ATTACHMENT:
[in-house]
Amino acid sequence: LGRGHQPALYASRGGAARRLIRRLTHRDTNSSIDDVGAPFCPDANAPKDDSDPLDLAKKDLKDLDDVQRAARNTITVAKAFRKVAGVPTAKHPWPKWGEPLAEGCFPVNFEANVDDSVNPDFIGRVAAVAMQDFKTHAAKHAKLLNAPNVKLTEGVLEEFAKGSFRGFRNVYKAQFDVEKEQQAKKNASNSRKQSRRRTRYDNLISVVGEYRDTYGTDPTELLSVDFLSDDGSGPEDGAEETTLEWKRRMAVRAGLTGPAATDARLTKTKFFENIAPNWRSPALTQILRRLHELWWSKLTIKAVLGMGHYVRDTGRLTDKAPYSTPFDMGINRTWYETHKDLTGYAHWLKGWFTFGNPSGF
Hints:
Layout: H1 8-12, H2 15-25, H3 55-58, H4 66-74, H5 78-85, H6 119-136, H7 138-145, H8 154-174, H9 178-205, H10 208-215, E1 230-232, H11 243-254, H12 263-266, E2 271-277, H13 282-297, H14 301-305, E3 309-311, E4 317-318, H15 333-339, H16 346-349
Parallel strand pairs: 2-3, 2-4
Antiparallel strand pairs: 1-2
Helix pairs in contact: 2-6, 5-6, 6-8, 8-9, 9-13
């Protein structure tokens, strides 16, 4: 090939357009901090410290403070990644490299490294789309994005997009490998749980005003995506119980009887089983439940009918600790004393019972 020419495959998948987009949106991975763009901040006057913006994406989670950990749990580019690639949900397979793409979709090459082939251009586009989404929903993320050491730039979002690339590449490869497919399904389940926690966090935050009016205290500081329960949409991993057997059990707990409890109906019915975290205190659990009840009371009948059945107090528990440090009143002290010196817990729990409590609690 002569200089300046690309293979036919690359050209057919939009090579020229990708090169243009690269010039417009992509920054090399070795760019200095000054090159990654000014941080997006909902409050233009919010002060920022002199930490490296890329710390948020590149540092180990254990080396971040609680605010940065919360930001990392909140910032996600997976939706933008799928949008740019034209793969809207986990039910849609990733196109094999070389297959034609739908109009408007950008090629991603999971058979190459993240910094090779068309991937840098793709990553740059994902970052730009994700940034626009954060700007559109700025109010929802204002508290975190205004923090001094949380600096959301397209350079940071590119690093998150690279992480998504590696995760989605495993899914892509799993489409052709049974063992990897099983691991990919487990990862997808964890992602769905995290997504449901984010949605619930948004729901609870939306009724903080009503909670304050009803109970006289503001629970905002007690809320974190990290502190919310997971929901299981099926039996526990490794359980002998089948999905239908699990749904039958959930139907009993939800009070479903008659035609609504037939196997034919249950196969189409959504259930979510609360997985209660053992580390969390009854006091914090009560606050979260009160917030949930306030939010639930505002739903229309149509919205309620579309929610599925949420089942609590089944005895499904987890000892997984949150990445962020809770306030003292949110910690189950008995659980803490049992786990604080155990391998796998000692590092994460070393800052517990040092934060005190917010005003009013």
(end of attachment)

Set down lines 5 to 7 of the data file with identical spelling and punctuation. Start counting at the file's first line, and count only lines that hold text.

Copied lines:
Parallel strand pairs: 2-3, 2-4
Antiparallel strand pairs: 1-2
Helix pairs in contact: 2-6, 5-6, 6-8, 8-9, 9-13